One Response to “Targeting Solutions Rather Than Crises, a San Francisco Gathering Asks, “What’s Possible?””

  1. Zeki Ergas says:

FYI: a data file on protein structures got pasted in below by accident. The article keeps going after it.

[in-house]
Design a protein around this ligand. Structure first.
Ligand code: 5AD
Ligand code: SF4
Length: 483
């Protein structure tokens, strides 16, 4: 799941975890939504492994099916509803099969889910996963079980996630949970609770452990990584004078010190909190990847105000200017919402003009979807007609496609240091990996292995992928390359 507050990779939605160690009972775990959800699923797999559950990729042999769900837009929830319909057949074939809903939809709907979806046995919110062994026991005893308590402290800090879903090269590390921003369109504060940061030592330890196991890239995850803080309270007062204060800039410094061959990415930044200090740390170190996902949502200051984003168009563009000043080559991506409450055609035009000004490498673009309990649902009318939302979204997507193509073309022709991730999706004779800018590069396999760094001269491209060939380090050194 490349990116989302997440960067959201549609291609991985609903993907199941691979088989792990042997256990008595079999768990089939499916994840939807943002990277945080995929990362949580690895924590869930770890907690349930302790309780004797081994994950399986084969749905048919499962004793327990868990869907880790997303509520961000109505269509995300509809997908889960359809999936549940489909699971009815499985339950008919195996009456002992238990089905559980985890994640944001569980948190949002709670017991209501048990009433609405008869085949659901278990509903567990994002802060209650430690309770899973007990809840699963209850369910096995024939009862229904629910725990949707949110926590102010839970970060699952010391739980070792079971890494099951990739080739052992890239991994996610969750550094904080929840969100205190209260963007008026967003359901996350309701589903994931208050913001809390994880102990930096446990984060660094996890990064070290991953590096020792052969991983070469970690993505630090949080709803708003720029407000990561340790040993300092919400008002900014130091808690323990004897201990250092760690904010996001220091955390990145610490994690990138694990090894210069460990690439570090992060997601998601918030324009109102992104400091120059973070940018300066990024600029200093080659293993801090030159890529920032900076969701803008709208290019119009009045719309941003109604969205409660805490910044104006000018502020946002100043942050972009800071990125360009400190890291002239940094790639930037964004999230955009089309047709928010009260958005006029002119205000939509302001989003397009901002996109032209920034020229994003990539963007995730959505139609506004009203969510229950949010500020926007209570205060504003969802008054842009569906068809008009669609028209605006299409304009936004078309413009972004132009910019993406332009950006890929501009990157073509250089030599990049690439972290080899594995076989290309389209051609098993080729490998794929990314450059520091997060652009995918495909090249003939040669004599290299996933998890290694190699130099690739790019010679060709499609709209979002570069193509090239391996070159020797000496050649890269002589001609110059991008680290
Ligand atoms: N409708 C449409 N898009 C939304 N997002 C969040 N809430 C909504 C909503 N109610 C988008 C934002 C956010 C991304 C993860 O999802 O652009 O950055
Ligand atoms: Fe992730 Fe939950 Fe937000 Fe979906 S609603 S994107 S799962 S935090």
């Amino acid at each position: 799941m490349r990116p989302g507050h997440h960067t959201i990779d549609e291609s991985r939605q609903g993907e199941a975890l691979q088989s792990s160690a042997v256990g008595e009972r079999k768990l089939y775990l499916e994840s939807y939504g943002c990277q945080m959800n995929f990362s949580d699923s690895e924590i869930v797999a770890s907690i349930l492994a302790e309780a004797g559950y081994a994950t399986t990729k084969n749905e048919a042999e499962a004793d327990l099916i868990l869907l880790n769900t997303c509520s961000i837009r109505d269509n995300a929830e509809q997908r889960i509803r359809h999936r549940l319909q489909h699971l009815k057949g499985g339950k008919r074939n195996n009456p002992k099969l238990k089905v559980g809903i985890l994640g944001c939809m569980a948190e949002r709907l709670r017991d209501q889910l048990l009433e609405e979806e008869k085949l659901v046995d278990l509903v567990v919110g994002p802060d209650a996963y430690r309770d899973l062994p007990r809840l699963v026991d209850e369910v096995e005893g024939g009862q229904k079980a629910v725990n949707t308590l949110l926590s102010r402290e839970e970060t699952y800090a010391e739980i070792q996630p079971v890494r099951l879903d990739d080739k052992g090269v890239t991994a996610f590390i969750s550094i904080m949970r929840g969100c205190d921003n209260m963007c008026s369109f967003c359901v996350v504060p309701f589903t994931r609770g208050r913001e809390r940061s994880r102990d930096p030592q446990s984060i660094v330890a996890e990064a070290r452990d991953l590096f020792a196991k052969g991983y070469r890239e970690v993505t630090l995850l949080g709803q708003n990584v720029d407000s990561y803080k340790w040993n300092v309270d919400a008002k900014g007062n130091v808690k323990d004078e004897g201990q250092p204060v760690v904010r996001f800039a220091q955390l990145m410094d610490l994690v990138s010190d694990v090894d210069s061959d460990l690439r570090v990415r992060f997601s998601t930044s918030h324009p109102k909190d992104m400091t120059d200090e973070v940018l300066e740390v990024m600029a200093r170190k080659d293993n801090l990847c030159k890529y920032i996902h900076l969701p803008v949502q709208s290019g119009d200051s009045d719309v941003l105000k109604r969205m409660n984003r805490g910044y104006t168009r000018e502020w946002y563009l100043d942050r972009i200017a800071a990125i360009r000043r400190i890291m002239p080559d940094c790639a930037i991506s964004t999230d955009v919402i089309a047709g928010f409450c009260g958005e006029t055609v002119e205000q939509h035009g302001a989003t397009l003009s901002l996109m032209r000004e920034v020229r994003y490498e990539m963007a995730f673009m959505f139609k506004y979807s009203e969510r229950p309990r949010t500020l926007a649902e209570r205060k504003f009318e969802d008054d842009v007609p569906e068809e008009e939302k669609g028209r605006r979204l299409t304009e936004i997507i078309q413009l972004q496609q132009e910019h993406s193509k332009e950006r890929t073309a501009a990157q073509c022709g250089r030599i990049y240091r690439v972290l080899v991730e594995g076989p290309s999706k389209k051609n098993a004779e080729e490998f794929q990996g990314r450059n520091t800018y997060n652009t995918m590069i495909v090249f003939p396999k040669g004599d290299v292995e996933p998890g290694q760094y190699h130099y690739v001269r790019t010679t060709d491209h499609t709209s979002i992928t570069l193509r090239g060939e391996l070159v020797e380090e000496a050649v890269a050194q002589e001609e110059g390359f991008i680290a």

Well, what we need is, to begin with, a big international conference – like the Rio Conference on Global Warming for example – on the building a new system, a new paradigm, a better and sustainable world. The people organizations, that is, the civil societies, should be at the heart of it. Inter alia,Gar Alperovitz and The Next System Project appear to have done some work on it. Concepts such as: a pluralist Commonwealth, evergreen coopératives, worker-owned and community-controlled coops, a New Economy Coalition financed by hospitals and universities, city- and neighborhood-owned economic ventures, etc.; are being developed and realized. Jeffrey Sachs, Robert Reich, Richard Wolff, Noam Chomsky, Bill McKibben, Daniel Ellsberg have signed in.That is good and promising. But let us not forget that everything is at bottom determined by power relations, and the ‘military-industrial complex’ today controls perhaps 95 per cent of the power, the people orgs, only 5 per cent. For things to really begin to change, for new values to be created and adopted, the percentage of the people’s orgs must increase significantly,reach close to fifty per cent. The potential is there, but it won’t be easy. There will be a struggle. To win will take time. However, we are, seemingly, close to the bottom now. Soon, there will be nowhere to go but up. The forces for change must unite.